Network-based attacks – Defense and mitigation
The mitigation methods and tools to defend against network attacks fall into four main categories:
Manage patch application – A good patch management policy will mandate regular tracking of patch releases for all software in use by an organization and implementation of patches as soon as they are released.
Reduce attack surface – Reducing the attack surface involves removing any unused or unnecessary applications and services from all computing devices in an organization. In his book Security Engineering: A Guide to Building Dependable Distributed Systems, Ross J. Anderson says, “There is usually no reason for every workstation in your company to be running a mail server, and ftp server and DNS, and stripping things down can greatly reduce the attack surface.”
Segment the network – Segmenting is one of the easiest ways for organizations to protect their networks. It refers to the practice of splitting a larger network into small sub-networks that are independent of one another. The biggest benefit of segmentation is the extra incident-response time it provides businesses when an attack occurs. Segmenting also makes it easier for organizations to keep their sensitive data relatively more secure, and limit access to critical data.
Switch from default to secure configuration – Enterprises must, as a rule, periodically monitor and change all installed software’s security settings to the most secure configuration possible. Often, new software continues to be used with default settings for long periods of time, leading to breaches that could easily have been prevented had someone bothered to change the settings.
Firewalls – The most commonly used filtering tool to block network attacks is the firewall. The firewall acts as a filter between a local system and internet traffic that it detects to be malicious. Firewalls deal with bad network packets by (1) discarding them or modifying them to make them safe, or by (2) copying them to a log or audit trail. Firewalls or filters can act on three different levels: IP packets, the TCP session level, and the application level.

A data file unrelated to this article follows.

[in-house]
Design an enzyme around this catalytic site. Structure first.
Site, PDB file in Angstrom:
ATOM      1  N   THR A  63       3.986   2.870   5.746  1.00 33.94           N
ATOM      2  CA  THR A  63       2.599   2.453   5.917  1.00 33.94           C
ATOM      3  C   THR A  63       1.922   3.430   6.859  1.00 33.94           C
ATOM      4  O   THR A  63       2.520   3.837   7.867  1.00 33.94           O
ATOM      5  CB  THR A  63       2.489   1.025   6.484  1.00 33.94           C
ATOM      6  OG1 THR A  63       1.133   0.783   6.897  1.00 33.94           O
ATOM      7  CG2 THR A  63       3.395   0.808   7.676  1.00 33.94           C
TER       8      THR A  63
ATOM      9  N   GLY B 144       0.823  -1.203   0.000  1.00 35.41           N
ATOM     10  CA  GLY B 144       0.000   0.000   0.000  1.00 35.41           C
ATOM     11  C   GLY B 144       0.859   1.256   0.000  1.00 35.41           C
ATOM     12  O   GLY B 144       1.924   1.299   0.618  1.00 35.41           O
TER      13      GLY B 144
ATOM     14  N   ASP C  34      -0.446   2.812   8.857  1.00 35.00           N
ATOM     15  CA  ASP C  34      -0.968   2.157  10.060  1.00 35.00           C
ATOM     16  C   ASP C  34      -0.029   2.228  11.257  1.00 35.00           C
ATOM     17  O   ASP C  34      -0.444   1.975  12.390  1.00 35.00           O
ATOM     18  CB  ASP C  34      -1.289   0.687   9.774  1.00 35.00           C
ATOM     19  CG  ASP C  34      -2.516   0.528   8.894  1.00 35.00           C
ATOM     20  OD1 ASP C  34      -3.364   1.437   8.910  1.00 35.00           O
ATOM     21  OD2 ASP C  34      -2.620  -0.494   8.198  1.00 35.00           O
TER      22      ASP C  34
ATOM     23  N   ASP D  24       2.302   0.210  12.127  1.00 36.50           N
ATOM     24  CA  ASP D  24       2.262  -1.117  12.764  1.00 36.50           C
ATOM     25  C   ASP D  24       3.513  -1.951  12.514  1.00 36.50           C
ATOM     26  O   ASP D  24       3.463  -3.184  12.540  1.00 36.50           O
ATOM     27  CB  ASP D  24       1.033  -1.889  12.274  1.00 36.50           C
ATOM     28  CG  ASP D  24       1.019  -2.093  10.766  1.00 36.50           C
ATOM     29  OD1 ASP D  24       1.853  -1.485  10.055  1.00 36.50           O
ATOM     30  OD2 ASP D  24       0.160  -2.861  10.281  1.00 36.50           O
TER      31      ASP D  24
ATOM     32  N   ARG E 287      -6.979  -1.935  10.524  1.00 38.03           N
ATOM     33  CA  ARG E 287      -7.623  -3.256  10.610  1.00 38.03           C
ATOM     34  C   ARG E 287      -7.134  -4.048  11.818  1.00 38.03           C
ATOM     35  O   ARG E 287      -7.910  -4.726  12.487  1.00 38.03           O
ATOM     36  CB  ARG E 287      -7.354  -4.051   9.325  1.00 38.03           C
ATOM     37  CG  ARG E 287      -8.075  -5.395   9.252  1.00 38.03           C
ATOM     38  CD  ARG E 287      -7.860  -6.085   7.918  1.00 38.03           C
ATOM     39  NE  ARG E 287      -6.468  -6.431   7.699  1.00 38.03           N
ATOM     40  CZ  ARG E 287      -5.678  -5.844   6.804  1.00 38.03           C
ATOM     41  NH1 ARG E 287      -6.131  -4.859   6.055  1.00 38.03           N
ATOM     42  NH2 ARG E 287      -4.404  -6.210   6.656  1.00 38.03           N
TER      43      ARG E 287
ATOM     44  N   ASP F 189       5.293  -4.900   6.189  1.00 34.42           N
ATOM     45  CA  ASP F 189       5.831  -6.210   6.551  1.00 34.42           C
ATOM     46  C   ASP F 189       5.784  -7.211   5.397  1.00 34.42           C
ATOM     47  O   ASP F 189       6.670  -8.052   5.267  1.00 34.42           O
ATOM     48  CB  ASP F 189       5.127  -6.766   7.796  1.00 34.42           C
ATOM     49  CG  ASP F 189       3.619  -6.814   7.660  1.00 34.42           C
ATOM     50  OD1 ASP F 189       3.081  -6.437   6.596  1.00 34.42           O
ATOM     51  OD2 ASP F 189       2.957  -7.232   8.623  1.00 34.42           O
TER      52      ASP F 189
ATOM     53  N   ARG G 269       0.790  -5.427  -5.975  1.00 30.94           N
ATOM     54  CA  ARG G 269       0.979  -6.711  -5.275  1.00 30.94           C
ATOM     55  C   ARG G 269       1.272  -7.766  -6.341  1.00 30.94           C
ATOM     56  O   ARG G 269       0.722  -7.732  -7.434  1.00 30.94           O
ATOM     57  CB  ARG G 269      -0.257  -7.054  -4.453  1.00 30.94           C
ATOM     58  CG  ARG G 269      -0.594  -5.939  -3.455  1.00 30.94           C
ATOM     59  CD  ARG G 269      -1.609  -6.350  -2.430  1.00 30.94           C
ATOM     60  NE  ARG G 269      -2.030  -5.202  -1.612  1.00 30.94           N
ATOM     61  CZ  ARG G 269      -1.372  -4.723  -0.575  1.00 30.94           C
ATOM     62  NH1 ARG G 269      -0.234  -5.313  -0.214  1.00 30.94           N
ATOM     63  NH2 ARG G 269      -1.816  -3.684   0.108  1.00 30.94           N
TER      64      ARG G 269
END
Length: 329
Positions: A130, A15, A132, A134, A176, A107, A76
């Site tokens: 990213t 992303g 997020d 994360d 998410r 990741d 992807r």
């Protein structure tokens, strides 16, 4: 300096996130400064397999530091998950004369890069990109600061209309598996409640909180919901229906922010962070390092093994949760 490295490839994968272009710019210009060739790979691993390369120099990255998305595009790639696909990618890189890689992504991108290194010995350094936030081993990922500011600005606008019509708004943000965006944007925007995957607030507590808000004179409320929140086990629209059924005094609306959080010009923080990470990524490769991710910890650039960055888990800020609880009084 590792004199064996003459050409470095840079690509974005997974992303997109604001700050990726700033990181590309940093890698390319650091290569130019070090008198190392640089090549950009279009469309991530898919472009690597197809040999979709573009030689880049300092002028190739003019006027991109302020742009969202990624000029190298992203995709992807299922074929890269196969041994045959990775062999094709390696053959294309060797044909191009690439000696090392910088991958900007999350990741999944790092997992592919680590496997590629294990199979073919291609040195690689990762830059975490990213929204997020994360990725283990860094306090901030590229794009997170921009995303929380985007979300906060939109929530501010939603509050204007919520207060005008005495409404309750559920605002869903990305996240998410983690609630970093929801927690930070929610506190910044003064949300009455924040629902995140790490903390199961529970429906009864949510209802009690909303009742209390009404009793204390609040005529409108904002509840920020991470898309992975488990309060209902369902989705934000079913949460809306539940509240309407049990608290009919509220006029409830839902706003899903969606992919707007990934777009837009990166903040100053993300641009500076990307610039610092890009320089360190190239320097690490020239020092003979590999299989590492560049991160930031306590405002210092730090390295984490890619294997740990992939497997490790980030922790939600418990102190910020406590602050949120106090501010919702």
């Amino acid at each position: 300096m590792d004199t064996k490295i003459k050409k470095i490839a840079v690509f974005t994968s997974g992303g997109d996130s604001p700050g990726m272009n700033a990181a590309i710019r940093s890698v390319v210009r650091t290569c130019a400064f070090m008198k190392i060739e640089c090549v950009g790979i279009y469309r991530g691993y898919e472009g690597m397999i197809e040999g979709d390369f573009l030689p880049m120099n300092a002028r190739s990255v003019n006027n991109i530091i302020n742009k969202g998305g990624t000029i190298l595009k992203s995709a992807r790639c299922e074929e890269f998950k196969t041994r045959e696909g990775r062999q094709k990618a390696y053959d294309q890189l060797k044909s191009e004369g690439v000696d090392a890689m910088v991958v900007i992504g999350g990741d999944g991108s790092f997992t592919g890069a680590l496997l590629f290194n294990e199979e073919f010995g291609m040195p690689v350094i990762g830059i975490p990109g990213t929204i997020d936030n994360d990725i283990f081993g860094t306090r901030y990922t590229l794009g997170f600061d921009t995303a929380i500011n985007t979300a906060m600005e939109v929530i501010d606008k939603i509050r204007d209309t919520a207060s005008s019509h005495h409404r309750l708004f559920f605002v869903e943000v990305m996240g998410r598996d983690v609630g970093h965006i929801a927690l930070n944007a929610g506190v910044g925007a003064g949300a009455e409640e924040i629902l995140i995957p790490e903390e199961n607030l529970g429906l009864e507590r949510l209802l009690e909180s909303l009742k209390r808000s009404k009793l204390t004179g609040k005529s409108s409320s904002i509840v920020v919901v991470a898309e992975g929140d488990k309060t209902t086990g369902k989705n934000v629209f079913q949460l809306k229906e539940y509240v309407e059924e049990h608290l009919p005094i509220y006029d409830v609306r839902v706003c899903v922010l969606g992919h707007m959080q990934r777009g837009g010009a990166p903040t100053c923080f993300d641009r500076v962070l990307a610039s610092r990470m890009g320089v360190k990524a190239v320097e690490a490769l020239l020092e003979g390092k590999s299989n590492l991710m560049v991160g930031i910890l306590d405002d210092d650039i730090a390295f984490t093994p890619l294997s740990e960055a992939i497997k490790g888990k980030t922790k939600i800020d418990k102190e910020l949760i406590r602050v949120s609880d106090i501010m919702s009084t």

Packet filtering refers to a firewall inspecting packet addresses and port numbers to (for instance) make sure that traffic coming from IP addresses known to be “bad” is kept out, in addition to performing more routine firewalls tasks such as allowing traffic only to specific port numbers.
TCP-level filtering works by “reassembling and examining all the packets in each TCP session”. It can also be used for DNS filtering, in addition to providing Virtual Private Network (VPN) functionality for traffic encryption purposes.
Application-level filtering – Application-level filters function as proxies for one or more services and include things like email filters and web proxies. Using app-level filters comes with its own set of problems, however, one of which is the constant race between firewall manufacturers and hackers who are quick to find holes even in the latest filtering software. These filters also tend to be expensive, particularly when used on high-bandwidth web content.
Intrusion Detection Systems (IDS) scan the network for signs of compromise or an ongoing attack (such as incoming spam, packets from forged IP addresses, or someone trying to make a connection with a botnet controller) and raise an alarm if any malicious activity is detected.
The most commonly used intrusion detection mechanism is monitoring and detecting when a threshold (such as number of failed logins) is crossed.
Other categories include:
Misuse Detection systems that look for a signature or defining characteristic of an attack.
Anomaly Detection systems that look for unusual changes in behavior patterns to detect uncatalogued attacks.
Network encryption, or any kind of encryption for that matter, involves encoding data to hide it from anyone who is not authorized to see it. Encrypted data can be accessed or decrypted using a decryption key. Home networks are usually encrypted using WPA or WPA2 encryption algorithms, while web browsers use what is known as the Secure Sockets Layer (SSL) protocol. One often hears about how HTTPS is more secure than HTTP; this is because HTTPS uses an SSL certificate that encrypts all information being transmitted between the client and server. It also uses an additional security layer known as the Transport Layer Security (TLS) protocol.
A note on key length: As a general rule, the longer the decryption key, the more difficult it will be for a hacker to crack. As technology evolves, decryption keys get longer, 128-bit encryption being the current accepted standard.
The information provided in this post is by no means comprehensive and covers only the most basic types of network attacks and widely adopted mitigation strategies. We do hope, however, that it is a good starting point for businesses looking for information about network security before they dive deeper into the subject.
In our next post about network security, we will discuss some of the tools and technologies available to enterprises and small businesses to tackle network-based attacks, and how they can best leverage these tools.